Is your financial planner a CFP® professional?
By Scott Dawson, MS, CFP®
Did you know anyone can use the title financial planner and not all financial planners are certified? Only financial planners who have the CERTIFIED FINANCIAL PLANNER ™ or CFP® designation are actually certified. The CFP® certification is the gold standard in the industry and only planners who have fulfilled the certification requirements of the CFP Board can claim to be a CFP® professional.
To be a CFP® professional, a planner must abide and complete the four requirements known as the 4 E’s, which are Education, Examination, Experience, and Ethics.
CFP® professionals must complete financial planning coursework through a college or university’s financial planning program as a prerequisite to taking the CFP® exam. The required coursework includes financial planning, insurance, retirement planning, employee benefits, investments, estate planning, and income taxes.
After completing all the financial planning coursework, the next step is taking the CFP® exam. The CFP® exam is a rigorous, comprehensive 6 hour exam covering the financial planning coursework with case studies and questions to ensure that the planner has the knowledge and is highly qualified to help a client with their finances.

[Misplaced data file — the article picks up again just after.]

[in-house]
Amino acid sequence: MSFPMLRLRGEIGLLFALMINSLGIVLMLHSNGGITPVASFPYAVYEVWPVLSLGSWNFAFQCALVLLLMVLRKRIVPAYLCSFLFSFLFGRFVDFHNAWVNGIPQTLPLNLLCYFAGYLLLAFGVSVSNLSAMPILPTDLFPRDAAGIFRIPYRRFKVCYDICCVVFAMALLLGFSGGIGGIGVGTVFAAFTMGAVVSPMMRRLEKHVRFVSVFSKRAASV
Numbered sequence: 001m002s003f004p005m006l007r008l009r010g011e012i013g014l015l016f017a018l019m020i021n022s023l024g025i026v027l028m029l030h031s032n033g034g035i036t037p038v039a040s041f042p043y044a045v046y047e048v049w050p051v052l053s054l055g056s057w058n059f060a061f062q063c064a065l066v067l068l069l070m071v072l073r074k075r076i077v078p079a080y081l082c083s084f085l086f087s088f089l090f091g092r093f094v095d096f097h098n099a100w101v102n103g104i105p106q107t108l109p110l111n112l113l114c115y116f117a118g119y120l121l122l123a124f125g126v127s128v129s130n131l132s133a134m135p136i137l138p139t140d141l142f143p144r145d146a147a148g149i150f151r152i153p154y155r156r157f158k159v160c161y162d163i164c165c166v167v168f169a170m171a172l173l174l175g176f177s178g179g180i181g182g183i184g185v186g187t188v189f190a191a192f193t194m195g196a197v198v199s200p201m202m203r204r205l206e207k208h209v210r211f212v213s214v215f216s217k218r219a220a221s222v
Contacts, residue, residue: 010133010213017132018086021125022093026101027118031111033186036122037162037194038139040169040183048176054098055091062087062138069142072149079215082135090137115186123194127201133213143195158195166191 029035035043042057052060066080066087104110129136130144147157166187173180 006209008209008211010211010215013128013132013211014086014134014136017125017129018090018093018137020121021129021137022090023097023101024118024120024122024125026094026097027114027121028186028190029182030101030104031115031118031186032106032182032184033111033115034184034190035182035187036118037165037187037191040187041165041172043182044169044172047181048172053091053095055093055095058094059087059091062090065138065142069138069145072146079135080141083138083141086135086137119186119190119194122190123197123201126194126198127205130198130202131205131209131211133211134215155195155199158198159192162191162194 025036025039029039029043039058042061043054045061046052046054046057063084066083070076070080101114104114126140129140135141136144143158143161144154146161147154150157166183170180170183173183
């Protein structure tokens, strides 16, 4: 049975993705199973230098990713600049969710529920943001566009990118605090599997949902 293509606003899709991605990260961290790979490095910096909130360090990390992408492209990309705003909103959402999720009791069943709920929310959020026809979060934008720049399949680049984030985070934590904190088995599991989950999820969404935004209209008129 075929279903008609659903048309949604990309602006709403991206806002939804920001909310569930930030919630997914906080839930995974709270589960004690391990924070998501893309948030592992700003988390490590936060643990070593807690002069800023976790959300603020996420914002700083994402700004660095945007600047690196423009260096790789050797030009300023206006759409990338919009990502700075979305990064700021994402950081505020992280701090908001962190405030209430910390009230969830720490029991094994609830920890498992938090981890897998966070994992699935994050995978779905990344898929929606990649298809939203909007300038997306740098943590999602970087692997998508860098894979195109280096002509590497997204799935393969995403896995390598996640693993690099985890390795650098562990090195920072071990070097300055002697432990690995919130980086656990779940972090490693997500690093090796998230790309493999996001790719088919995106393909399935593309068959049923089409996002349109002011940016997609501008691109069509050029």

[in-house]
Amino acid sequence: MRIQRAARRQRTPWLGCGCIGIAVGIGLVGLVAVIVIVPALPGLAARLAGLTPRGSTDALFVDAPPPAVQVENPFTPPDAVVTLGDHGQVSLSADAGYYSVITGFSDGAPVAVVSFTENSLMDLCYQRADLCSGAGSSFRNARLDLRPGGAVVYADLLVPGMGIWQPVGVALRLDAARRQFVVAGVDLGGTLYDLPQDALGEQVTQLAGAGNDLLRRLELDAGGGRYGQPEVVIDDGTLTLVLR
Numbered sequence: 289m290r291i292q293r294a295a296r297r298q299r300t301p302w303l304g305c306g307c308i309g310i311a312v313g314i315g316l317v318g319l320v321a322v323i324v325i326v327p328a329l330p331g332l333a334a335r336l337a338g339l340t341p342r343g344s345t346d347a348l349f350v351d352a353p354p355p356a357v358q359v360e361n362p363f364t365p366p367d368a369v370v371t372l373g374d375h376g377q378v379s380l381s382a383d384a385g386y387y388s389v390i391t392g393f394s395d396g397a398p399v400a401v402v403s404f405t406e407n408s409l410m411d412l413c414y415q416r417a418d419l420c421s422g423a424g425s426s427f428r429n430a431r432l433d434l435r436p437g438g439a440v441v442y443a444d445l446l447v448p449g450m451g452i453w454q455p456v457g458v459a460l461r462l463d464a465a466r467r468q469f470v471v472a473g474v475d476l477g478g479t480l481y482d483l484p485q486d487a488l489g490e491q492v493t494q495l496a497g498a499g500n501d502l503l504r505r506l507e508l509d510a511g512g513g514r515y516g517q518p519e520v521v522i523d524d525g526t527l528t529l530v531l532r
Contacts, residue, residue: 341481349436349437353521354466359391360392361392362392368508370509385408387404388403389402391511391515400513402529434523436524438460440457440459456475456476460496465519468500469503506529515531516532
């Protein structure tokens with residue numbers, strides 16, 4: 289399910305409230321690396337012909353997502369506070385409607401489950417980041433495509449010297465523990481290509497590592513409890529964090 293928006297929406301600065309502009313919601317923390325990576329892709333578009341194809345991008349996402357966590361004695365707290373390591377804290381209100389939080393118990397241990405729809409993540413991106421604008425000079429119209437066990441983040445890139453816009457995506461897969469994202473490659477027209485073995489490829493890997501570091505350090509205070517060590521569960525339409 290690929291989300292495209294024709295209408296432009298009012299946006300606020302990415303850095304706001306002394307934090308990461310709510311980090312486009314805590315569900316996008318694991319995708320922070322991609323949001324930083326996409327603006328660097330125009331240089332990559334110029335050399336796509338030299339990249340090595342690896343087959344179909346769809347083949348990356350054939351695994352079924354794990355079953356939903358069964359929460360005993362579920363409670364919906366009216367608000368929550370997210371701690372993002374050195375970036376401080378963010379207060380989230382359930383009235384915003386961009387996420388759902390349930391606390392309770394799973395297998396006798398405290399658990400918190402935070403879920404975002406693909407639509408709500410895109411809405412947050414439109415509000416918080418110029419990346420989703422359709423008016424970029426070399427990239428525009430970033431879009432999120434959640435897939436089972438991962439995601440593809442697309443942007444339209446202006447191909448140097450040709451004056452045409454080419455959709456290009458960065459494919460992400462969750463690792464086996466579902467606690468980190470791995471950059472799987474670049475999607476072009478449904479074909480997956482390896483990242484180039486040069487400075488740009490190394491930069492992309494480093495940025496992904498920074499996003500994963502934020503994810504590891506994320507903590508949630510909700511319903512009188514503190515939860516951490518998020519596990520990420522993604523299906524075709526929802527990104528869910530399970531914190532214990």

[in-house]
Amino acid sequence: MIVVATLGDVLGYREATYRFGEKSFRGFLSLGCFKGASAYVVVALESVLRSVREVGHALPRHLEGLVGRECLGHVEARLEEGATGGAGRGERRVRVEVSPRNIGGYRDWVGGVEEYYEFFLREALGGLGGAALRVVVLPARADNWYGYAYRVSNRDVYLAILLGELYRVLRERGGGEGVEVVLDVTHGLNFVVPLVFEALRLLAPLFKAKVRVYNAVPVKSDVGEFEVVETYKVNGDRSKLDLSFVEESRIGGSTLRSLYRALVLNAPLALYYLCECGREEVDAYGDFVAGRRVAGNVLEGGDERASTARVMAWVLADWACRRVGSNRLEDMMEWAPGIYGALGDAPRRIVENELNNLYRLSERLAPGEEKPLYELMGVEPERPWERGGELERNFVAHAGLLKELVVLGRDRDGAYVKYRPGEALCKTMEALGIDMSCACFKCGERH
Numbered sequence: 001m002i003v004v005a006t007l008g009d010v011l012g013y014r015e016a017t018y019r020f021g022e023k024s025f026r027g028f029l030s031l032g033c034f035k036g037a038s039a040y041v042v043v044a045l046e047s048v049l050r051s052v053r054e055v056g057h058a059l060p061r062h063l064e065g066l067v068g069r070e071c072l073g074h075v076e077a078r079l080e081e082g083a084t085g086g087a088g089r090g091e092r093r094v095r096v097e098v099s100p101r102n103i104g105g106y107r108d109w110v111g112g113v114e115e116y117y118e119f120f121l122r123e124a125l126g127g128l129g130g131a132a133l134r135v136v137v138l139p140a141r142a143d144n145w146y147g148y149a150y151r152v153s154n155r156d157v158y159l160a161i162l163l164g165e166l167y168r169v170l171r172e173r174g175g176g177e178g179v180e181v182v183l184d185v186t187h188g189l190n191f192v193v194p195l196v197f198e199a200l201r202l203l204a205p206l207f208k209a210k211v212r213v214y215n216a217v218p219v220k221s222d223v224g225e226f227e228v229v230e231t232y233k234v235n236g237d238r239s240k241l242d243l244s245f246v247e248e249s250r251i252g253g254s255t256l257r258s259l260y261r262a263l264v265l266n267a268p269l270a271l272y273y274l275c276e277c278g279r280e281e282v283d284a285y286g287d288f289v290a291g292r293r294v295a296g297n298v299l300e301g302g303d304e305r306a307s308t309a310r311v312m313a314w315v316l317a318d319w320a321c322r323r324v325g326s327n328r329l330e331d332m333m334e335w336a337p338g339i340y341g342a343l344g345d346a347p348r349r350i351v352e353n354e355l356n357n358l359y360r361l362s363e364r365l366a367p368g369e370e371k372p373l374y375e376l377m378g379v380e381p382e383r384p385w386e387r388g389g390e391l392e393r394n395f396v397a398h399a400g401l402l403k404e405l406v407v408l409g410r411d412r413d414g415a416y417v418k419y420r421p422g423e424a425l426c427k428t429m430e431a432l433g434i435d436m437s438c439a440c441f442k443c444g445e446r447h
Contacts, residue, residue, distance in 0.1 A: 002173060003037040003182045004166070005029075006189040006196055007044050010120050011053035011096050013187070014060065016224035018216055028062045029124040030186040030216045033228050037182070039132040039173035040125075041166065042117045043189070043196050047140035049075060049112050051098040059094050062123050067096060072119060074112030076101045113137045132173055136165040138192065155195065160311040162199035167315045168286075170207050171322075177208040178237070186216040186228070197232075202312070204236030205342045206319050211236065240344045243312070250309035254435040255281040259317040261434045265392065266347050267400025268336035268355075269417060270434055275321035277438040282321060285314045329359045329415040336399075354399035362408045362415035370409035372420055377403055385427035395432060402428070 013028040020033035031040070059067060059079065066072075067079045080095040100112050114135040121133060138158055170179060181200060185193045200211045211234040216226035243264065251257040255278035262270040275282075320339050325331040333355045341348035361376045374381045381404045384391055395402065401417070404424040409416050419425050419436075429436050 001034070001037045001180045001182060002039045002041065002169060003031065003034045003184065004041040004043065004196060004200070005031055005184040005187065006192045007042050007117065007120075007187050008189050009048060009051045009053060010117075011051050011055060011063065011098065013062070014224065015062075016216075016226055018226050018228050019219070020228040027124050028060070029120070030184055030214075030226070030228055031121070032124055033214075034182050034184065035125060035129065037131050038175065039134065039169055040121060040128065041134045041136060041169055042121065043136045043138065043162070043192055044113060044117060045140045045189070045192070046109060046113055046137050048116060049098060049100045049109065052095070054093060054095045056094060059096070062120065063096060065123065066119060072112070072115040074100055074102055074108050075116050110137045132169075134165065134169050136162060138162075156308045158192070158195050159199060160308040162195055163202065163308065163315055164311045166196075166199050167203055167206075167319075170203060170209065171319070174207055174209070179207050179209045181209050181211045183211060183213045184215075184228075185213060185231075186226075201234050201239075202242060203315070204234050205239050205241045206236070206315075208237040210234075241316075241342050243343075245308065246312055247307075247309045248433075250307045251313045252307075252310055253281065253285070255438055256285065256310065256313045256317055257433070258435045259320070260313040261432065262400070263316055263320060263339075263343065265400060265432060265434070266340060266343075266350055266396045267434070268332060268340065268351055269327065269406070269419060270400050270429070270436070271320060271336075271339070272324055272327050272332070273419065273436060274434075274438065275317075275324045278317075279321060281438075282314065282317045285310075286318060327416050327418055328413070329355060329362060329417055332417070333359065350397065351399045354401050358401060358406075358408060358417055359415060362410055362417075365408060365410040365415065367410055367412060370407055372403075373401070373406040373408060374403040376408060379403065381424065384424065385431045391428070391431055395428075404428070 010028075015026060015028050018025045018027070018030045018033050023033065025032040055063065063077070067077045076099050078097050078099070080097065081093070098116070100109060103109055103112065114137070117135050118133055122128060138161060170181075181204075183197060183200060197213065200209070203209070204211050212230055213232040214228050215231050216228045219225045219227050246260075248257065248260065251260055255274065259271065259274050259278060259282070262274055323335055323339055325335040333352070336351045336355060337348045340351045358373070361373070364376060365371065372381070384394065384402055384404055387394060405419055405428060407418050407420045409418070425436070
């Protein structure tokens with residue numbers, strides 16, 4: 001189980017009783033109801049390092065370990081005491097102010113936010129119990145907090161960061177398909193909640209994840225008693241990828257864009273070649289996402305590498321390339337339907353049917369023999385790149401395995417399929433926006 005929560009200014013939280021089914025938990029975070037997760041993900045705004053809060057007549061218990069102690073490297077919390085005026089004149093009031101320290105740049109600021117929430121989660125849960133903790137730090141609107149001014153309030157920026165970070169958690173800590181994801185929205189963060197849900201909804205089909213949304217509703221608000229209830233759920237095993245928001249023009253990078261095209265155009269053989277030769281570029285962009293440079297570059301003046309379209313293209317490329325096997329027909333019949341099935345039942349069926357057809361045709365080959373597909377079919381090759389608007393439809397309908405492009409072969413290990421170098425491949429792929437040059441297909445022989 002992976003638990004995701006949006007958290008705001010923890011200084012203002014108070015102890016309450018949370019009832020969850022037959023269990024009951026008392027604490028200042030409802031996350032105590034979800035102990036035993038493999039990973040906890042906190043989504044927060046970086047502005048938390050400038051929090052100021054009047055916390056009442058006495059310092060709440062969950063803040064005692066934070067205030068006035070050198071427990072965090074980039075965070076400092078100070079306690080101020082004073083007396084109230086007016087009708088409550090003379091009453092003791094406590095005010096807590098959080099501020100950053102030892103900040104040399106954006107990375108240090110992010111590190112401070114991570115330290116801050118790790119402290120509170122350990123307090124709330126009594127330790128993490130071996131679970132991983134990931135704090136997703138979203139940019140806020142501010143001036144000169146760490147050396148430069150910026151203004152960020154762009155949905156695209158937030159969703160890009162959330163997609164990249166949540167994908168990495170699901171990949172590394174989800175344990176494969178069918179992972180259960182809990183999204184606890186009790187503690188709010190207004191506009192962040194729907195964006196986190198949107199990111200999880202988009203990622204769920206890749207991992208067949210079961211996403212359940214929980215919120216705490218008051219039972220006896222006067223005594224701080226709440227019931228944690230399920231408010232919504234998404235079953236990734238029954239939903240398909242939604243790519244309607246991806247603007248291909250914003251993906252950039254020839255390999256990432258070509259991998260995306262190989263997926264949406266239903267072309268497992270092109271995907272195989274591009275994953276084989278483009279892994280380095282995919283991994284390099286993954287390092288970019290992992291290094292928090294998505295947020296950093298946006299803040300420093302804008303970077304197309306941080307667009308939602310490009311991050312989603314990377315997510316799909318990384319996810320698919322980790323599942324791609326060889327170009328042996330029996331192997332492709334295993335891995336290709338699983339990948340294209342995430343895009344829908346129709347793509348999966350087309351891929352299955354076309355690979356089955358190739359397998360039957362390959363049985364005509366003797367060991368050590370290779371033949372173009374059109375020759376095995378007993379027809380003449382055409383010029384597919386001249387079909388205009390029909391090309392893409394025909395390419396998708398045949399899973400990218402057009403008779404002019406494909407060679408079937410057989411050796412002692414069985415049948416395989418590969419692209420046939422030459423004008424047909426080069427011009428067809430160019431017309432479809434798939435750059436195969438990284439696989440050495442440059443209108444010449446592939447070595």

In additional to completing the education and exam components, CFP® professionals must have at least three years of financial planning-related experience. This ensures the planner has real life practical client experience with the theoretical knowledge from their coursework to help clients develop a financial plan based on their individual needs.
CFP® professionals are also held to the Standards of Professional Conduct as outlined by the CFP Board. Planners are obliged to uphold the principles of integrity, objectivity, competence, fairness, confidentially, professionalism and diligence as outlined in CFP’s Code of Ethics. The Rules of Conduct require CFP® professionals to act in the best interest of their clients. The CFP Board has the right to revoke the use of the CFP® certification for the violation of these standards.
To maintain the CFP® certification, a planner must complete 30 hours of continuing education every two years, which includes 2 hours of ethics. This is critical to keep up with the ongoing changes in the industry.
When looking for a financial planner or advisor, I always recommend confirming that your planner has the CFP® certification.